Does Boris Johnson care about the increasing numbers of migrants who are risking their lives by crossing the English Channel — and putting enormous pressure on our hard-pressed social services if they succeed?
Almost six times as many migrants made the crossing last month as in October 2020.
A total of 2,669 migrants completed the journey in small boats despite the poor weather. Some 1,185 accomplished it on a single day a week ago, and more than 1,000 on Tuesday.
Three migrants have perished this month attempting to cross the Channel.
Come to that, an estimated 300 people have died doing so over the past two decades, most of whom had put themselves in the hands of unscrupulous ‘people smugglers’.
Prime Minister Boris Johnson pictured leaving Downing Street on Wednesday amid increasing numbers of migrants arriving to the UK via the English Channel
Home Secretary Priti Patel described the asylum system as ‘dysfunctional’ on Tuesday following the Liverpool hospital terror attack
Meanwhile, the case of Emad Al Swealmeen, who died when his bomb detonated outside a Liverpool hospital on Sunday, highlights the problem of failed asylum seekers who may pose a threat to the public.
He had lost his application to stay in Britain but was somehow still here.
Priti Patel, who has been Home Secretary for two years and four months, described the asylum system as ‘dysfunctional’ on Tuesday, as though it was nothing to do with her.
She blames ‘a whole professional legal services industry’ for what she describes as ‘a complete merry-go-round’.
She might also have mentioned the Church of England, which has apparently converted hundreds of Muslim asylum seekers to Christianity.
It appears that embracing Christianity significantly increases the chances of a migrant being given asylum — and decreases the likelihood of being sent back to an Islamic country.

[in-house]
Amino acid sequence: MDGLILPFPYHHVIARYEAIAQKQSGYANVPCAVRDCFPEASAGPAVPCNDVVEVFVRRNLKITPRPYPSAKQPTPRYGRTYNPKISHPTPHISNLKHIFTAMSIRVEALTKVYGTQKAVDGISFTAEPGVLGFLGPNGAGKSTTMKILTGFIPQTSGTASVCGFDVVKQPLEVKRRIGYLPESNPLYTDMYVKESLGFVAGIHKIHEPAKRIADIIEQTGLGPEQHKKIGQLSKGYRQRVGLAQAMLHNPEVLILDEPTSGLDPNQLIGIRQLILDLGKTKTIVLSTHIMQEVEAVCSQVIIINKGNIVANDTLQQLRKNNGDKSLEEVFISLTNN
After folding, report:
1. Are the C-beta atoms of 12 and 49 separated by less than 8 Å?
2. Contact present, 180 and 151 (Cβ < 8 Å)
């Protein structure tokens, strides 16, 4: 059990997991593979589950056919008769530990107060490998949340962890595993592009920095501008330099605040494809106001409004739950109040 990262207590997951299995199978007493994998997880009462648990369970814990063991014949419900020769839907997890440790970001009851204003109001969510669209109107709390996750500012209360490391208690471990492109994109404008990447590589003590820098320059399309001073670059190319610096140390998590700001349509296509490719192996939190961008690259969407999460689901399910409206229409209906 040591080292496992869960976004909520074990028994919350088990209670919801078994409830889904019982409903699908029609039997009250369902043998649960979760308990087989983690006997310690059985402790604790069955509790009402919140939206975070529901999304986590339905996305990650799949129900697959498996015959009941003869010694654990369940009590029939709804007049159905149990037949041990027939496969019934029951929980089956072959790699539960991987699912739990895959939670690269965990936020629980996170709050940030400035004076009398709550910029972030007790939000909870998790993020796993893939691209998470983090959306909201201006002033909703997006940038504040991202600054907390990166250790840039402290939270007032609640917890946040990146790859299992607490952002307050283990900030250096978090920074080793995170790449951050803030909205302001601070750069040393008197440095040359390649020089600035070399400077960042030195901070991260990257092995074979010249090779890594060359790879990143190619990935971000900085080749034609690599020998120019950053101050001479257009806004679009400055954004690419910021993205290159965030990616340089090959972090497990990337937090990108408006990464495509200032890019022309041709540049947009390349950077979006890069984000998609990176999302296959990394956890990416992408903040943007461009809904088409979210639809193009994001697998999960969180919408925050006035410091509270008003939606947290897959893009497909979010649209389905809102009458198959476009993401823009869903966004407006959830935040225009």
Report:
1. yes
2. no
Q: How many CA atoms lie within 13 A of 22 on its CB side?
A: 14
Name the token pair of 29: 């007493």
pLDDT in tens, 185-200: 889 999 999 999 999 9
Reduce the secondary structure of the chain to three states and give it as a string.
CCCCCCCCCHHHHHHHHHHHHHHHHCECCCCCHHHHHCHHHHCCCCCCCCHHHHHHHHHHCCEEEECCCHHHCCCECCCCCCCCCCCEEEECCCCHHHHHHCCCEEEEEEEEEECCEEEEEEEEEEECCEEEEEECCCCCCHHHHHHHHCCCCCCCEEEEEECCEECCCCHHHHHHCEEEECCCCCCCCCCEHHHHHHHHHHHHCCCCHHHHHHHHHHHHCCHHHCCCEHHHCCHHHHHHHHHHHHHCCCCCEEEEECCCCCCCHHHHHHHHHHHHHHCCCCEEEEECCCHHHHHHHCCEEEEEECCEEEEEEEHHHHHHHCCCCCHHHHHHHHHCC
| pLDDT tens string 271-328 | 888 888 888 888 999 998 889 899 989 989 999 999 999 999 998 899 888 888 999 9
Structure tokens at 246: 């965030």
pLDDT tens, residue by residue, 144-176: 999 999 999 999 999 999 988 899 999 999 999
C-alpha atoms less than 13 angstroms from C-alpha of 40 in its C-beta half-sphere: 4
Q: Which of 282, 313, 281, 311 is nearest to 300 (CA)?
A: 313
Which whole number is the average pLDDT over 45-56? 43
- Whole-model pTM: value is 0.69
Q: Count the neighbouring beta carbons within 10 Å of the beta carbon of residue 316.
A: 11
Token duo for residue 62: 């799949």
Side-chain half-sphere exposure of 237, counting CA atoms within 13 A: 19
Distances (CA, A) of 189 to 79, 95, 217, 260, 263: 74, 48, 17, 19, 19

Not that the chances of that happening are very great. In 2012, 12,552 failed asylum seekers were returned to their home countries.
By last year, the number had dwindled to just 1,484.
If you make it across the Channel, you’ll probably be able to stay, even if you are supposed to go.
Can anyone doubt that this is a serious crisis, which is almost bound to get worse as ever-greater numbers of people make their way across the 21-odd miles that separate Britain from France?
Of course, one could take the view that anyone who wants to come to this country under the guise of being a refugee should be welcomed with open arms.
Emad Al-Swealmeen, 32, has been identified as the man responsible for a terror attack outside the front entrance of a hospital in Liverpool just before 11am on Sunday
That is the standpoint of the Refugee Council, which seeks to work on behalf of refugees.
Yesterday morning, the BBC baldly reported that the Refugee Council disputed Priti Patel’s recent claim that 70 per cent of arrivals are ‘economic migrants’.
This rejection was quoted as though it were Holy Writ. The Refugee Council was obviously right, and Ms Patel and the Home Office were obviously wrong.
But the Refugee Council’s ‘research’ was little more than an assertion.
Enver Solomon, its chief executive, avers: ‘The reality is that people who come to the UK by taking terrifying journeys in small boats across the Channel do so because they are desperately seeking safety having fled persecution, terror and oppression’.
He’s only partly right. In any case, these people shouldn’t be trying to force their way into the UK.
By the way, the last time I looked, France — where such people are entitled to stay — was not a centre for persecution, terror and oppression.
We can’t pin that particular charge on President Emmanuel Macron.
No, I believe most British people, while properly sympathetic to true refugees and aware of our human obligations towards them, don’t take the view of the Refugee Council (and apparently the BBC) that virtually anyone who turns up on the English coast should have an automatic right of residence.